Doing Deals in Costa Rica






Firm: Arias & Muñoz
Telephone: 506.2204.7575
Location: Centro Empresarial Forum, Building C, Office 1C1,Santa Ana, San José, Costa Rica
Web Address:


I. Challenges:
A foreign investor needs highly experienced, local legal counsel in Costa Rica because of the following main challenges:
• A Different Legal System: Costa Rica follows the Civil Code Law System
• Excess Amount of Laws: Despite Costa Rica being a small country in which all its laws – because there are no state or federal distinctions except zoning regulations – are applicable throughout the country, its system of laws and regulations is intricate and hard to interpret, which makes it confusing and difficult for foreign attorneys to undertake doing business in the country. Furthermore, both the Country’s Attorney General and Comptroller General frequently issue legal decisions and interpretations that impact the respective law’s application; specifically, in matters involving the environment or of public interest.
• Permits Process: Obtaining permits for tourism, and residential or commercial development in Costa Rica is very time-consuming and could take from five months to three years, depending on the project’s complexity. Therefore, it is essential that an expert local advisor, experienced with the process, is hired to expeditiously guide clients through all the bureaucratic red tape and potential obstacles to ensure a successful outcome.
• Judicial System. Although transparent and free from the corruption that causes concerns in other developing countries, Costa Rica’s court system can be cumbersome and time consuming; it is not unusual for commercial litigation to take up to ten years.
• Litigiousness: Costa Ricans, like Americans, are a litigious society.

II. Opportunities
Costa Rica´s strategic position, political stability (60 years of uninterrupted democracy), and highly educated population make Costa Rica an ideal place to both live and do business.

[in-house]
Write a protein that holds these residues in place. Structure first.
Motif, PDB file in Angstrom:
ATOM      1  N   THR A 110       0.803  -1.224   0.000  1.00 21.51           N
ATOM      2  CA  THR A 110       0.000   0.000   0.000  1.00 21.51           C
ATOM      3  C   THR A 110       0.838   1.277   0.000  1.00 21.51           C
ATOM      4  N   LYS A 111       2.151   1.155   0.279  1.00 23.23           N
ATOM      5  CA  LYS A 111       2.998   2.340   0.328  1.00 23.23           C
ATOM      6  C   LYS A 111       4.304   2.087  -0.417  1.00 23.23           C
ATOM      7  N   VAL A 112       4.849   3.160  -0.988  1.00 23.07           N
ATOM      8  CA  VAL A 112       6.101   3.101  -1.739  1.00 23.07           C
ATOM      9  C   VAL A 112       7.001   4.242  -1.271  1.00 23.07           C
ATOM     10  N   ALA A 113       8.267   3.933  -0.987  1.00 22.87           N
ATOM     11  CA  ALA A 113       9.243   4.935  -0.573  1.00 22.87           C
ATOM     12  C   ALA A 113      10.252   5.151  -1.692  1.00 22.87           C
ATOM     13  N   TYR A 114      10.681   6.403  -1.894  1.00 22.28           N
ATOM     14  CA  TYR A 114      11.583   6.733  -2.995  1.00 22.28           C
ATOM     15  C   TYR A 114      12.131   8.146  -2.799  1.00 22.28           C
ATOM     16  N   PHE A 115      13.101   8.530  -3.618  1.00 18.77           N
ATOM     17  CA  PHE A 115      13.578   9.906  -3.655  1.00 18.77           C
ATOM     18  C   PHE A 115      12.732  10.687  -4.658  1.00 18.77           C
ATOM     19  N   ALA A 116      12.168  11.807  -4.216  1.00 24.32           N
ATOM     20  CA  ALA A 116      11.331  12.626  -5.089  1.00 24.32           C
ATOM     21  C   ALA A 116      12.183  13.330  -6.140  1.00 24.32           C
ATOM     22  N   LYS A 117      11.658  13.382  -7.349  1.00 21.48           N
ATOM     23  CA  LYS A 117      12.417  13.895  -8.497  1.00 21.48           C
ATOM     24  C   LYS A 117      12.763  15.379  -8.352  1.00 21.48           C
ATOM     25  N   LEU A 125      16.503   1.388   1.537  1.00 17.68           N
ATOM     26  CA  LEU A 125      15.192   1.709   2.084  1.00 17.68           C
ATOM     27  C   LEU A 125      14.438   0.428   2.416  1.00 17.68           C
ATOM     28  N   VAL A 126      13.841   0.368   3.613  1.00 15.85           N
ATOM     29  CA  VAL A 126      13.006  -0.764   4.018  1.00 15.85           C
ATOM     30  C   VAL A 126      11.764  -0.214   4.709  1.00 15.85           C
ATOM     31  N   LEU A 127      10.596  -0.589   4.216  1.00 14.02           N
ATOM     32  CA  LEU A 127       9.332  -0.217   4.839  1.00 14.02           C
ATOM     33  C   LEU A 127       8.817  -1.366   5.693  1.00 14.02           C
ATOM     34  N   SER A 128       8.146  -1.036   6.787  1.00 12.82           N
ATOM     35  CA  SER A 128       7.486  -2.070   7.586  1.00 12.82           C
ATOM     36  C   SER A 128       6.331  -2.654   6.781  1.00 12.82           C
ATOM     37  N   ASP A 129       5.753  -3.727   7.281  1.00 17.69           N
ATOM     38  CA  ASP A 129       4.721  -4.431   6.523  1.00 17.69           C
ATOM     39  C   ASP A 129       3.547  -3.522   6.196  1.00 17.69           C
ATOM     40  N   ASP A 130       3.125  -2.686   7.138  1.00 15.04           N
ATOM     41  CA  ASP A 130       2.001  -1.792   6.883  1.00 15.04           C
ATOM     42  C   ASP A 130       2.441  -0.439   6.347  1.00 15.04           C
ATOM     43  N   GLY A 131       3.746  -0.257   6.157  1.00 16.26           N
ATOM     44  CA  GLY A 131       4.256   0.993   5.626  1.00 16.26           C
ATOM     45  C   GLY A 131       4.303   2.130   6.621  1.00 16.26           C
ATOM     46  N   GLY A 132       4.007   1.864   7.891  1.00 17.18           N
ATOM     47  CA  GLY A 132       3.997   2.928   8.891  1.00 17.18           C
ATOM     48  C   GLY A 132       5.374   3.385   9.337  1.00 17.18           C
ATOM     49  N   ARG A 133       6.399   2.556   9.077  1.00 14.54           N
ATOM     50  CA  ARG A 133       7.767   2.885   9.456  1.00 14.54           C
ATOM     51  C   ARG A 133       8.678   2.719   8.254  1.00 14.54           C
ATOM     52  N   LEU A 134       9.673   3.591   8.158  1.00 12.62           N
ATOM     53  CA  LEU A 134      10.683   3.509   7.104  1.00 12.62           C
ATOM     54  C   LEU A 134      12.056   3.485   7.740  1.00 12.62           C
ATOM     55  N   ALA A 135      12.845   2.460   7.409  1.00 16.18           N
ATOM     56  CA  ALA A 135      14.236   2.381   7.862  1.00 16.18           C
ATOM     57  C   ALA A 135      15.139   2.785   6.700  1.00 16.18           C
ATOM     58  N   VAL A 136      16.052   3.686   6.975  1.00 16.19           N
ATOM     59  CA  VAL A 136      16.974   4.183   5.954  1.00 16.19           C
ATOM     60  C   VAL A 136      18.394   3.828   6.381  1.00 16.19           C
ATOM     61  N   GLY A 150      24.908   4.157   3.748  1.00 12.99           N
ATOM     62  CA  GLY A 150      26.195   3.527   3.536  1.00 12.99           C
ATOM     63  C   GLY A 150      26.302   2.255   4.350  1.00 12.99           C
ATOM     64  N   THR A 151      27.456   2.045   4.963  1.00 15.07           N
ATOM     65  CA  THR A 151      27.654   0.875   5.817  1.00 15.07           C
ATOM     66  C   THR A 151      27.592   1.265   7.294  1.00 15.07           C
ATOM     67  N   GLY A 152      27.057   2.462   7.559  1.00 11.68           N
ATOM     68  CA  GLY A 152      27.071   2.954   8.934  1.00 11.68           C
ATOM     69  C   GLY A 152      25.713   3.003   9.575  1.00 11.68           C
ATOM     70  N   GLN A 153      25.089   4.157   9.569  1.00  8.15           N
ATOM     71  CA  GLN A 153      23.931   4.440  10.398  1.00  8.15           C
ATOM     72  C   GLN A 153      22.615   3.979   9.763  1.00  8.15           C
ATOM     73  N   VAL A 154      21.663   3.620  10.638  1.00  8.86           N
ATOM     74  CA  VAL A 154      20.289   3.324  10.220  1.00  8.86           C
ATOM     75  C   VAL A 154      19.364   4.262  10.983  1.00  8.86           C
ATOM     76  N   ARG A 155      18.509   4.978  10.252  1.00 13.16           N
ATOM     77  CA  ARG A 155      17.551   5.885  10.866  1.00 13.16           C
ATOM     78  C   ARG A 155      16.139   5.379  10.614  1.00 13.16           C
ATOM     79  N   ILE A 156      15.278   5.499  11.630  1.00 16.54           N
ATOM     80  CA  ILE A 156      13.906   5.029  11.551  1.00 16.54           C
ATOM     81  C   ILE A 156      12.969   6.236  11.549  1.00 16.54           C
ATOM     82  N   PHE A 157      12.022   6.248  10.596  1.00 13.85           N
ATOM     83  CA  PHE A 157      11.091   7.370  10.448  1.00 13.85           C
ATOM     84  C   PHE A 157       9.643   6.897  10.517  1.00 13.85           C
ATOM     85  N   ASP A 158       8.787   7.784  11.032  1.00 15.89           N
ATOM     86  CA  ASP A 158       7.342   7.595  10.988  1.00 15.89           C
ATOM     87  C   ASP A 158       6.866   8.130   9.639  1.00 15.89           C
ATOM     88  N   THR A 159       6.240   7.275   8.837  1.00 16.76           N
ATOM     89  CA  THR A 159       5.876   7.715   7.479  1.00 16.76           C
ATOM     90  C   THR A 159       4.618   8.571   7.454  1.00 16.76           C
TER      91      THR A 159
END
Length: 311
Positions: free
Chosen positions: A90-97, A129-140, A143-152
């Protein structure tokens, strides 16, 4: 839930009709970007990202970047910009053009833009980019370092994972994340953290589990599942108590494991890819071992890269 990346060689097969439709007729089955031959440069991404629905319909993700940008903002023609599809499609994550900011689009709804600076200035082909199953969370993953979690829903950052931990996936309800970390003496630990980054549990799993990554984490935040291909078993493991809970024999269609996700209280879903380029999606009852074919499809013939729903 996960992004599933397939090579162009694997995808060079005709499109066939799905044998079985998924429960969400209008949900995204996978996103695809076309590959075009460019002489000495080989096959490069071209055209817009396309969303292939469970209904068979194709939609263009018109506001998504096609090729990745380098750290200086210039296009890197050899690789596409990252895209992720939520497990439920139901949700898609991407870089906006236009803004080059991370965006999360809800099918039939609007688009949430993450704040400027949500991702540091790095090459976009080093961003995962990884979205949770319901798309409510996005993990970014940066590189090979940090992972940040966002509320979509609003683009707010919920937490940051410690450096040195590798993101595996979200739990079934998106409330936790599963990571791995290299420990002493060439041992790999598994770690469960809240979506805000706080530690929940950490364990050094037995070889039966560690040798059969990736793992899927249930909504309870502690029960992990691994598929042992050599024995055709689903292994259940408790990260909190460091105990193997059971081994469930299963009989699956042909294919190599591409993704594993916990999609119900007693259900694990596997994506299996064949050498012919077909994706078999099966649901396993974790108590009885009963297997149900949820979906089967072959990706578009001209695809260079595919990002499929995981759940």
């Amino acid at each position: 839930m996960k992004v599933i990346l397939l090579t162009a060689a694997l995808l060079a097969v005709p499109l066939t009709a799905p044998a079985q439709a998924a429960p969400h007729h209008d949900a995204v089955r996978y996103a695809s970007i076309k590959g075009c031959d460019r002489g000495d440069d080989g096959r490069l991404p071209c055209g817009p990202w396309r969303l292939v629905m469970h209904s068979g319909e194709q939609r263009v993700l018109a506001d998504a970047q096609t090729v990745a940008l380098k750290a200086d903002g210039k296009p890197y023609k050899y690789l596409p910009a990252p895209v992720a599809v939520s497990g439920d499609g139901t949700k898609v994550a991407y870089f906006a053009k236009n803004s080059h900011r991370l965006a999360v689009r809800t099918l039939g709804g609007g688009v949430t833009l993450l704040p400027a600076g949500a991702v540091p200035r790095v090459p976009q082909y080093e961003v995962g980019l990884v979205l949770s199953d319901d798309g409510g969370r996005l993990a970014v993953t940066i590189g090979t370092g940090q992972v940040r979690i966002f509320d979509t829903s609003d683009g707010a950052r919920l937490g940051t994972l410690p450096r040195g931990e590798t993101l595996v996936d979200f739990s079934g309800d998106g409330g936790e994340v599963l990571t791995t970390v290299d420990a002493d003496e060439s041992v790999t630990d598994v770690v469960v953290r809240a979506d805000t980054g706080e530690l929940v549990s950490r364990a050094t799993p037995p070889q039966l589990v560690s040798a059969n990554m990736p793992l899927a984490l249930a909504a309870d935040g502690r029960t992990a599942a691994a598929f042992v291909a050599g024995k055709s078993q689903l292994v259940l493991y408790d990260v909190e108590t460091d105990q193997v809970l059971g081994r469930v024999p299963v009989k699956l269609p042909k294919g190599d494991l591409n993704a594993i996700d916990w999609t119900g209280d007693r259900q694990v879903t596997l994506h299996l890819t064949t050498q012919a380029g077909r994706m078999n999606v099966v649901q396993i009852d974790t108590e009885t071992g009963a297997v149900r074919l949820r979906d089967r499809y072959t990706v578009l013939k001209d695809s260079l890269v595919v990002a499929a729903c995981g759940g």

The following are some of the business or other opportunities in the country that can be of interest to foreign investors:
• Health Care and Assisted Living: Costa Rica’s developed eco-tourism and both sound socio-economic and political systems have already positioned the country as an attractive place for tourism and foreign investment. But now, the country is also becoming a popular destination for high quality medical care; especially, for medical procedures and treatments and for dental services related to wellness and spa treatments. Because these services are much cheaper than in many other countries, the result is that Costa Rica has become a very competitive player in the health tourism industry.
• Private Public Partnerships: A few years ago both Costa Rica’s government and private enterprise realized that if each party pooled their respective resources, they could achieve their objectives better, faster, and cheaper. Since then, PPPs have been materializing throughout the country; especially, in infrastructure projects, such as:
o Ports
o Aqueducts
o Roads
o Railroads

We anticipate that in the next five years Costa Rica will invest around US$10 billion in infrastructure projects through PPPs.
• Telecommunications: Costa Rica, on approving the CAFTA-DR, initiated a very important reform in the state-owned telecommunications sector by opening the sector to private companies. This breaks the government’s telecommunications monopoly and sets the rules for both modernizing and strengthening those Public Entities that provide telecommunication services, among other new legal frameworks.
• Insurance: for 84 years a state-owned insurance monopoly, the National Insurance Institute (Instituto Nacional de Seguros-INS), was Costa Rica’s only authorized insurance service provider; however, as a result of the country’s commitments under CAFTA-DR, the insurance market has recently been opened up to competition.

View the Niche Practices of Arias Muñoz